An Article V Convention: Fact Vs. Theory

There is a great deal of talk, more like shouting really, about Article V of the Constitution and what it does and doesn’t say. Currently, the “pro” side of the argument seems to have a nearly unstoppable momentum. Some proponents, many of them bearing the ill-defined and self-appointed political label of “conservative,” are working tirelessly to assure rightfully suspicious opponents and fence-sitters over to, if not actively opposing, a new convention. That these proponents have been as successful is testimony to the methodology they are using. It is our duty, however, to point out that the methodology they are using is that of the political left.

How so? Primarily, it is how the message is being disseminated. For instance, Article V convention proponents, generally speaking, don’t like debate. So, they actively work in ways to squeeze out opponents in public forums. The American Legislative Exchange Council (ALEC) and the Goldwater Institute in recent years, as part of their well-funded convention campaign, invited state legislators from all over the country to attend meetings in a resort setting where they were treated to open bars, lobster and steak dinners, and golf outings sprinkled liberally with slick, professionally prepared handouts and Power Point presentations touting the wonders of the Article V convention process. These materials were prepared with talking points and “facts” compiled by so-called “conservative” constitutional “experts” and “scholars” who wrote papers purporting to prove that the Article V process was completely “safe” and totally in the control of the forces of constitutional conservatism. Furthermore, it was touted as the last, best hope to restore the republic to its roots in “liberty.” In the interim other groups like Convention of States have tapped into a mysterious fountain of money available to groups with large mailing lists of constitutionally uneducated families who can be easily swayed, out of loyalty to the leaders of these groups, to come over to the convention proponent side using the materials generated by ALEC and the Goldwater Institute.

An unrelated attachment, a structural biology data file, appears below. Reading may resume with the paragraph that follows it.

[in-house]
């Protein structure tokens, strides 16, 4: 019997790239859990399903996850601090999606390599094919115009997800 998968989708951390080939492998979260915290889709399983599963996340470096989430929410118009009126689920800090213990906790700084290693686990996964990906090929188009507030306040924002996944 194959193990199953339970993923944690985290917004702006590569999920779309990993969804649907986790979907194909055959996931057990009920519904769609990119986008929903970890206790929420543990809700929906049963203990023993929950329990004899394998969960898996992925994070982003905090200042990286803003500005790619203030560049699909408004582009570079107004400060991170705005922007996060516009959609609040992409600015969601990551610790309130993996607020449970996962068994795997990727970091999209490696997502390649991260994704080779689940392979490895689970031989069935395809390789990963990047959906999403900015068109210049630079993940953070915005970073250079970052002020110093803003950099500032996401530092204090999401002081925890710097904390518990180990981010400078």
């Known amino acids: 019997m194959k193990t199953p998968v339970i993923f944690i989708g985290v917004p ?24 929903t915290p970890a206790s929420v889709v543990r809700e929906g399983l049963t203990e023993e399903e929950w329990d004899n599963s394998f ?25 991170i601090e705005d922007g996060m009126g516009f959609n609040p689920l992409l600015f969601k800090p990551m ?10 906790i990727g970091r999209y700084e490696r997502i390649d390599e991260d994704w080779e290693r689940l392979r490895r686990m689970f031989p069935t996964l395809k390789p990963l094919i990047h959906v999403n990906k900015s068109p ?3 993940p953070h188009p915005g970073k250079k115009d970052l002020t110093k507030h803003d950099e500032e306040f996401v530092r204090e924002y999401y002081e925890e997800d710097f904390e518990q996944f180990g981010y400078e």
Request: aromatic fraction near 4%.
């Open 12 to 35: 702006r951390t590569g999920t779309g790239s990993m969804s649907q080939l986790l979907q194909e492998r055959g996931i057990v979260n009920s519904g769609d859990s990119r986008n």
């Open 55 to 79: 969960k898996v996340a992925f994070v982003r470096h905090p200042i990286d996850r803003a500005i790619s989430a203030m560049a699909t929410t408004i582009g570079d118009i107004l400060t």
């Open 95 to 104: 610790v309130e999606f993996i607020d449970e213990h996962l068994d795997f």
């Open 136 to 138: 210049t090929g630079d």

Why would this be a problem? The problem is not with these groups using their wealth and influence to bring people to their viewpoint. That is how the game is played. The problem is with maneuvering opponents into a position of having no access to media, meetings, legislators, and other influential people and venues to counter their message. That’s not how the game is played if genuine debate is being courted. and that’s exactly the point. In Ohio legislators have given convention proponents nearly open access to committees and members of the Senate and the General Assembly. At the same time opponents have been relegated to discovering that convention-call resolutions have been fast-tracked, set for single hearings in committee followed by an immediate floor vote with only sponsor and proponent testimony (no opponents allowed!) are mere hours away and having to mount grassroots campaigns to get a fair hearing in a rigged environment AND prepare testimony. We have also found ourselves on the outside looking in when TEA Party groups hold state-wide meetings in which convention proponents are in control of the agenda and opponents are simply not permitted any access.

So, why are they running their campaigns this way? The answer is actually fairly simple. They know that we are well aware that their “scholars” and “experts” are hiding behind their degrees and reputations to offer less than honest presentations of what history, the Constitution, historical documents, court cases, etc. actually say about how a constitutional convention actually works and what it can and cannot do. They know that if we get equal access in these venues that we will ask questions, using the same materials they are presenting, that they cannot honestly answer in a way that supports their case, and they know we will call them on their dishonesty. They know what this will do to their case and will mean that the tens of millions of dollars (where is the money coming from?) spent on the campaign to get a new convention will have been wasted. And they also know we can do all this with short, simple and easy to understand presentations.

The video presented below is an illustration of what we mean.

Watch as we ask the following questions that the proponents of a new convention claim they have answered-

1) How many conventions of the type being asked for have there been in Anglo-American history?
2) What is the difference between an Article V “amendments convention,” a “convention of states,” and a “general” or “national convention?”
3) Is there any other kind of convention?
4) What exactly is an Article V convention and how much power does it have?
5) Why does a convention exist at all?
6) What has been the result of EVERY general convention called in Anglo-American history?
7) Who controls a convention?
8) Has any governing body ever controlled a convention? Has any body tried to control a convention?
9) Who is in charge of calling a national convention?
10) Why is the notion that it is the states who will control the delegates and agenda fatally flawed?
11) Why didn’t all 13 states send delegates to the Philadelphia convention?
12) What modern view of the relationship between the states and the Federal government insures that Congress controls all aspects of a convention?
13) What does Article XIII of the Articles of Convention mean for the supposedly iron-clad protection of the ratification procedure?
14) What did James Madison think would be the result of another convention?
15) What are the problems with what conventions are being called for and what are the problems with those proposed amendments?


One thought on “An Article V Convention: Fact Vs. Theory”

Comments are closed.